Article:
Everclear this is not. In fact, it is downright “breakfasty” on the nose, imparting an amalgam of sweet, grainy smells to the palate and similar reads upon taste; sweet corn in the front, spicy rye in the back. Strong? Hell yeah, it is. But wow – it’s actually smooth. This is one of Dick’s favorite moments to note on the faces of tour goers.
“People may or may not like it,” he notes. “It’s not the whiskey they’re used to or that they’ll taste farther on in the tour, but I want them to taste the smoothness.”
Dick Waters offers up a sample of "first trimester" whiskey, three months aged. — Photo courtesy of A.D. Thompson
They’ll also taste far more of the grain. “When you barrel it, the whiskey takes on barrel flavors that overlay the grain flavors. We work very hard to keep a lot of the grain flavor in the whiskey. We’re kind of following the craft beer movement in that we’re looking for a more intense flavor profile.”
As the tour moves forward you’ll amble to the “stall next door,” which doubles as both aging and bottling room. Five gallon barrels, each tagged and dated, line the walls. This is where Dick shakes each one every day to ensure even aging. It's where Marti hand labels the bottles. In less than a year’s aging time, she filsl them with the finished product.
Visitors will taste it along the process. With each sample, they'll gauge a steady uptick in rich caramel color, and spicy-vanilla bouquet. Not to mention a velvety, slow-creeping finish that warms the back of the tongue like an après-ski fire.
The photogenic barrel room. Sniff hard and perhaps you'll get a whiff of the "Angel's Share." — Photo courtesy of A.D. Thompson
You can purchase a bottle at area retailers including Total Wine and ABC Liquors (check the PRR website for precise locations), but you can sample it in town, as well. More than a few Orlando-local businesses have made Palm Ridge Reserve a go-to whiskey for their menus. Cask & Larder’s Ron Raike won “Best of Show” at the 2012 Florida Beer Championships with his Palm Ridge Wee Heavy, aged in the distillery’s own casks. The Ravenous Pig crafted a cocktail hit with the Umatilla Smash, pairing it with Florida oranges and mint. And Kevin Fonzo of K Restaurant – along with Diana Zimmerman of the Courtesy bar – employed it to create the Florida-New York Sour for a James Beard Foundation dinner.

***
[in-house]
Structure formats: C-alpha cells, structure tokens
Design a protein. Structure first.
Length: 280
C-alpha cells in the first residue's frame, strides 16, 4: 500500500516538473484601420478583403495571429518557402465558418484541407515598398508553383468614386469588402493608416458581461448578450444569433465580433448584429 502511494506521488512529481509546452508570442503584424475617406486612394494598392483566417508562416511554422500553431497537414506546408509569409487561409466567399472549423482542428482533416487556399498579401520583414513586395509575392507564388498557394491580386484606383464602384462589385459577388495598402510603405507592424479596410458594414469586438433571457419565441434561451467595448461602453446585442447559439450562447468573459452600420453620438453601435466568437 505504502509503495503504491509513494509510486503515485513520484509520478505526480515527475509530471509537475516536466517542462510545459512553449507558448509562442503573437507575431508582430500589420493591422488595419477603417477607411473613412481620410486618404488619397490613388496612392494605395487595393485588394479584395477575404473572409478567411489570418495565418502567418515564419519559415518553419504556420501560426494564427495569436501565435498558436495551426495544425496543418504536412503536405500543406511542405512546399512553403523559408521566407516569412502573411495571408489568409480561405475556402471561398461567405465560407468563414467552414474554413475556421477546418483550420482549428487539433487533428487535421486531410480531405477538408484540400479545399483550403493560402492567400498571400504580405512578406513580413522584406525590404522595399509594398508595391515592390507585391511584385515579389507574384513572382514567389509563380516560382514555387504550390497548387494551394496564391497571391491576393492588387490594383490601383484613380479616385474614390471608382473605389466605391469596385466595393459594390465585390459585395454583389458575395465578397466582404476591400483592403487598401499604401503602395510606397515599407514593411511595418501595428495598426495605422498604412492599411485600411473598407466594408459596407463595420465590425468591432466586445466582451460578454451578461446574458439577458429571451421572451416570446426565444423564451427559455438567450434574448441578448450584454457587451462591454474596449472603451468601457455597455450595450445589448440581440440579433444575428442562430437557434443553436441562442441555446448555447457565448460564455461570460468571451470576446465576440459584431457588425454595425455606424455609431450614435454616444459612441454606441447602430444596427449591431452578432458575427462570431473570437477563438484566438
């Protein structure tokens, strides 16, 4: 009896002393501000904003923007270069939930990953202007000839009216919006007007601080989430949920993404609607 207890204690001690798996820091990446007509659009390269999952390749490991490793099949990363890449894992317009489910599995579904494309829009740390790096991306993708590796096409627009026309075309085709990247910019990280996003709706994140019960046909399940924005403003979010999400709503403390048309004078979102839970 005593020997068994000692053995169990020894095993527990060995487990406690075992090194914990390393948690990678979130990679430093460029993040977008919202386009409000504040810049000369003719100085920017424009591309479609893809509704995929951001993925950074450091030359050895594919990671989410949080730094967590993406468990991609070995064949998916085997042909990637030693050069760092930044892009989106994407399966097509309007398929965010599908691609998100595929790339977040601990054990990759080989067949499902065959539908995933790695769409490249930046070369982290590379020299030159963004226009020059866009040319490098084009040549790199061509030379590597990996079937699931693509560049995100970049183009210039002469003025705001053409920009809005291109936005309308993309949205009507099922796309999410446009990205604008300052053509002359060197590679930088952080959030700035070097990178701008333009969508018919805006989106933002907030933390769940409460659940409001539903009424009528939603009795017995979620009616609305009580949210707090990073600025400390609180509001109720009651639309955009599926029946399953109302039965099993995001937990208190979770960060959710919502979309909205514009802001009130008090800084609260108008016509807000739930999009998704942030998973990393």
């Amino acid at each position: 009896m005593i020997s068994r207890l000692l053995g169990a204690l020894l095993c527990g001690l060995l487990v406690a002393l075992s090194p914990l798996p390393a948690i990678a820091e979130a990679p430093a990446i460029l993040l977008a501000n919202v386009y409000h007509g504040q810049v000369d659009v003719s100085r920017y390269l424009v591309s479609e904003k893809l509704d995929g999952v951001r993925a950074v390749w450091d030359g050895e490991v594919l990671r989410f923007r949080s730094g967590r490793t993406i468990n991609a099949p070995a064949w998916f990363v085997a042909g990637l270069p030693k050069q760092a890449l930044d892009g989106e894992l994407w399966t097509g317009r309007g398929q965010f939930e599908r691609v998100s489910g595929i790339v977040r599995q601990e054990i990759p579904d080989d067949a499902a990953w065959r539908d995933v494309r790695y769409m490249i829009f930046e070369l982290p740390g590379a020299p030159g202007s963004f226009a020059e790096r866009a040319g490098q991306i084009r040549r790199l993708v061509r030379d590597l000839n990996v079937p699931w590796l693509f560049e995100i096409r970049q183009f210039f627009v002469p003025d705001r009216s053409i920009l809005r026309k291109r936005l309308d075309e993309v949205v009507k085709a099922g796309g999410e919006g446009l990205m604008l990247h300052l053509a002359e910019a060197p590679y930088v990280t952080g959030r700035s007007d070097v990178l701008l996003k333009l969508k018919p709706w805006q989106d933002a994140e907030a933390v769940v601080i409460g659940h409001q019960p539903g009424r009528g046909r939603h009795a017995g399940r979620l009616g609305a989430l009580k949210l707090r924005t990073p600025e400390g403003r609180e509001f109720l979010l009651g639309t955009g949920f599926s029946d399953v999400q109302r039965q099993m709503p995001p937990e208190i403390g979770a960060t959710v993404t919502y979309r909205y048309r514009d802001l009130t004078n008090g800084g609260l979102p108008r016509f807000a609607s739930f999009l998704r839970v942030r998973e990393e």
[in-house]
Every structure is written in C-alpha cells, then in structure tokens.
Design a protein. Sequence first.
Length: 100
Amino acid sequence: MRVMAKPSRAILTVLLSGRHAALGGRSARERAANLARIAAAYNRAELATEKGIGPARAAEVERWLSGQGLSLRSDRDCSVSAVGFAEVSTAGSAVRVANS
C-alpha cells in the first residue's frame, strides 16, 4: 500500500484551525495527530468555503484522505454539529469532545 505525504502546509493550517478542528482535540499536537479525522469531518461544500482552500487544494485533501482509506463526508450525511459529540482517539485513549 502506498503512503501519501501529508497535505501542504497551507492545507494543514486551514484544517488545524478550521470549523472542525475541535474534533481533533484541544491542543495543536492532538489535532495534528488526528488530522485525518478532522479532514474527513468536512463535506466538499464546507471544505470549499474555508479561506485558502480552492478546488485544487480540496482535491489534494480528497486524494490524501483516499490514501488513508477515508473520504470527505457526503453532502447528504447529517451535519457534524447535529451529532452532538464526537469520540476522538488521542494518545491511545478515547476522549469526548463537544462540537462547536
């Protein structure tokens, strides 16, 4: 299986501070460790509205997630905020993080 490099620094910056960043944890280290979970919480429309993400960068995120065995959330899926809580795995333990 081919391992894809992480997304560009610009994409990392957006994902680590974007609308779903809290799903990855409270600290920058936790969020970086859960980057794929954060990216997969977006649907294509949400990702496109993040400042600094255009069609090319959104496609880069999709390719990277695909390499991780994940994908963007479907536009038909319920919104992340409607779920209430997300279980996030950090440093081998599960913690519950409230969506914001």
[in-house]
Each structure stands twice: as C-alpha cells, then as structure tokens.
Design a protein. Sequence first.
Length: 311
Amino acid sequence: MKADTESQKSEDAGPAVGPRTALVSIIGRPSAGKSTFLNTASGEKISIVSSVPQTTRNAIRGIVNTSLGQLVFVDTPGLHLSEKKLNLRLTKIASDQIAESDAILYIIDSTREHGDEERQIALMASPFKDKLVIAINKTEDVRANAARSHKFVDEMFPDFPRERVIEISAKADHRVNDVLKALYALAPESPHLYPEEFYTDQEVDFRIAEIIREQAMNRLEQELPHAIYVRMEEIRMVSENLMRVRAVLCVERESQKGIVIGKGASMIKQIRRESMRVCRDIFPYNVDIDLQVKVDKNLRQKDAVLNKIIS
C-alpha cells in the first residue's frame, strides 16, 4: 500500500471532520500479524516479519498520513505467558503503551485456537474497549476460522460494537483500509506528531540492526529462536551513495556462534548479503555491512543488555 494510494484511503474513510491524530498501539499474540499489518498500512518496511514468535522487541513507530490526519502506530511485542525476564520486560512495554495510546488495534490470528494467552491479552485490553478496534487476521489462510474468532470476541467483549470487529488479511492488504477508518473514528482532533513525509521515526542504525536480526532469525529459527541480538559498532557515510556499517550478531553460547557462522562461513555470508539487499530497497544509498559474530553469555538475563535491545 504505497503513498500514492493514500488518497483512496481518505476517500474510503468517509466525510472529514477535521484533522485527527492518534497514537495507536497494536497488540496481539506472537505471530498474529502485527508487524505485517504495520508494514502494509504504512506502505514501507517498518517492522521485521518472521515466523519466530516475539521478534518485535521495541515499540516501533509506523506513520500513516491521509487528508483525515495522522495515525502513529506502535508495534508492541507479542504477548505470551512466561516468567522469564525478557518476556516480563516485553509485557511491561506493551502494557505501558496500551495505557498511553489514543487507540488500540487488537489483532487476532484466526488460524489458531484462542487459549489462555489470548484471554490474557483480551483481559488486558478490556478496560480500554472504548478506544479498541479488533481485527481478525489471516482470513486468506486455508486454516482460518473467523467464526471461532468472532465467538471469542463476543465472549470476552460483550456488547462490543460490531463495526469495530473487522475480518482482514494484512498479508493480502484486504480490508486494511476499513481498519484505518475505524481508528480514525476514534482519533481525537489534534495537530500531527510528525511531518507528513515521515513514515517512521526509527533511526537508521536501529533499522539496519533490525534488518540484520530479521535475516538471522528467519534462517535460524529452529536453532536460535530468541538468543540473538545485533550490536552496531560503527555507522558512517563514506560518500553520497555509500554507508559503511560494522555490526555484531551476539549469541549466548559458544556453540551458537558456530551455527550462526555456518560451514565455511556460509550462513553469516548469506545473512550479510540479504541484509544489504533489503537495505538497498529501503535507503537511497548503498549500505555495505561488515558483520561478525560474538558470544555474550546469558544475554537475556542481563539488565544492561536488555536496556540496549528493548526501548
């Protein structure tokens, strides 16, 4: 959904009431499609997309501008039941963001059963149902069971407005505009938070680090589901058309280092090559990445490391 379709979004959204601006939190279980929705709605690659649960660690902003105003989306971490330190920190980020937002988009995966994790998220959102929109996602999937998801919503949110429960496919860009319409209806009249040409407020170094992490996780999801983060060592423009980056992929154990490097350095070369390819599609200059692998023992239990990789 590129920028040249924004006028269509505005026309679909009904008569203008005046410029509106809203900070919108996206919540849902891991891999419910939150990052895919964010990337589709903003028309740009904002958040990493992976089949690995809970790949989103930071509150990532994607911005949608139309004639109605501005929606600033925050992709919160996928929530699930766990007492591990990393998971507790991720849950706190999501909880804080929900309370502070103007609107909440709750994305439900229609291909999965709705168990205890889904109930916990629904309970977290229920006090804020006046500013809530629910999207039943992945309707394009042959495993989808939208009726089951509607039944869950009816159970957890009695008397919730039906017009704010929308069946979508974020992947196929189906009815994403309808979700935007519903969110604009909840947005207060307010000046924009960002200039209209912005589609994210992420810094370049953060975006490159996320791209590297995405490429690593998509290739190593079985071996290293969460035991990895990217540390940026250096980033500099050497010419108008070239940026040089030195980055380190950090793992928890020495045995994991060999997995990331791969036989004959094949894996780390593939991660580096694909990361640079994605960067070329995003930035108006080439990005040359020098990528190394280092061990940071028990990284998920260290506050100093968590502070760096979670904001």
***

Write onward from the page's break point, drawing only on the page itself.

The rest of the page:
Pastoral poteen: the road to the distillery lowers the blood pressure on sight. — Photo courtesy of A.D. Thompson
The tours are a relatively new advent, and so far successful. A recent Diageo survey about American whiskey has set Dick – whose product ages for less than a year – on a bit of a mission. “It found that most people equate good whiskey with age. I’m here to tell them it’s just not true. Good, smooth whiskey comes off the still as good smooth whiskey.”
Palm Ridge Reserve’s has won raves. Critics have called it “refined,” “the real deal,” “snifter-worthy.” Its barn doors are now open for those interested in paying a visit.
Palm Ridge Reserve is located in Umatilla, FL 40 miles from Orlando. Tours are free, by reservation only and last between 1.5-2 hours. A small lunch is served post-tour and bottles are available for purchase ($55). Like the Palm Ridge Reserve Facebook page for regular updates on the tour schedule.